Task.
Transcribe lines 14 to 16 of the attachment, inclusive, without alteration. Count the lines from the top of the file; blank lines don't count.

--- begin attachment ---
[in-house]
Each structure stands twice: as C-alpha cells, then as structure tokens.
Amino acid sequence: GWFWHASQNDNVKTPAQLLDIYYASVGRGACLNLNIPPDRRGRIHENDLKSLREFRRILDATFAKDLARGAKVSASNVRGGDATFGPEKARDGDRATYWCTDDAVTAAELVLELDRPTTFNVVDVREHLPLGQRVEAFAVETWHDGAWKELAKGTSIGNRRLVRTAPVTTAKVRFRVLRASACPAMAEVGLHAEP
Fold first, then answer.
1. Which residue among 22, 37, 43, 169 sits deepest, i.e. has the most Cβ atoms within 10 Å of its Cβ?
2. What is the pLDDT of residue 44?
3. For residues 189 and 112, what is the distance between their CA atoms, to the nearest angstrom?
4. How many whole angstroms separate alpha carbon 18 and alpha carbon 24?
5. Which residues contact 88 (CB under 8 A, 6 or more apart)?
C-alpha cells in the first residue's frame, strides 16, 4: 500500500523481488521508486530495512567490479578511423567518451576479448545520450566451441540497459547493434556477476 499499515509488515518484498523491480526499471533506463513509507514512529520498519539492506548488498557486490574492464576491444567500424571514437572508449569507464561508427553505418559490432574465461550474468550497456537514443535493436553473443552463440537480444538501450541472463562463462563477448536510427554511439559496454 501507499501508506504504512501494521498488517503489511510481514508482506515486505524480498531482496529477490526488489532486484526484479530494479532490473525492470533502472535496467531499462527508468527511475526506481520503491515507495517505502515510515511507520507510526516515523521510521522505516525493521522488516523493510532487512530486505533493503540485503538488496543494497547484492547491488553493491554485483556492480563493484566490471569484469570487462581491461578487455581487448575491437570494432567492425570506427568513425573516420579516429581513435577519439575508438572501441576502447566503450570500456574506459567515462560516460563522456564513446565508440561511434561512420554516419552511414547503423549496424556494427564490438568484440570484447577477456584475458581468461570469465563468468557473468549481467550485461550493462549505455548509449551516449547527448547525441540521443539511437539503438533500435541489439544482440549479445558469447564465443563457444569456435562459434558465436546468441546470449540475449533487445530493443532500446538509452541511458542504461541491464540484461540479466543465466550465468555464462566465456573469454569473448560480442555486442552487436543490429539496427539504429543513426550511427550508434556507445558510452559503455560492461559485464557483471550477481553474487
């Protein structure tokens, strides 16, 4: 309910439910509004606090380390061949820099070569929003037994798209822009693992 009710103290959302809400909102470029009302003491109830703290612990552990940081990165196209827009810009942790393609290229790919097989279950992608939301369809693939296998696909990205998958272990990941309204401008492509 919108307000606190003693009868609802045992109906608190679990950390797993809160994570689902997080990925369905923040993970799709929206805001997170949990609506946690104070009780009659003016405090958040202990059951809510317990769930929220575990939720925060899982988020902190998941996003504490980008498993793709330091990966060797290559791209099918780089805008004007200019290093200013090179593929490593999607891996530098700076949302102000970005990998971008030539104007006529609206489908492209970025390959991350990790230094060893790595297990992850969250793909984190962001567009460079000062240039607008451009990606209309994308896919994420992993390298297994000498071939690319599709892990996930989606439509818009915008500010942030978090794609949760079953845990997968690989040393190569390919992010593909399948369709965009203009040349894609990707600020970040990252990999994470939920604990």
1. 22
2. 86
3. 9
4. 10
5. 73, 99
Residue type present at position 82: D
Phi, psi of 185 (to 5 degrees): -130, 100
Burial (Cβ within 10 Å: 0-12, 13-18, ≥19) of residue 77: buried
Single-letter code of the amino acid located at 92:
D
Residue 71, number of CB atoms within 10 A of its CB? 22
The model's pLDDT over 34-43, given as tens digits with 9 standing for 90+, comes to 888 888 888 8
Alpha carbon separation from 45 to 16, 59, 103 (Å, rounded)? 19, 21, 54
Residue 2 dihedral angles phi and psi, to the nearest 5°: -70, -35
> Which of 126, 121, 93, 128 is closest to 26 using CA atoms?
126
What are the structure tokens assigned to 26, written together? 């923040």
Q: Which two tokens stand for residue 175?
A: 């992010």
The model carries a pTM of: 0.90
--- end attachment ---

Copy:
3. 9
4. 10
5. 73, 99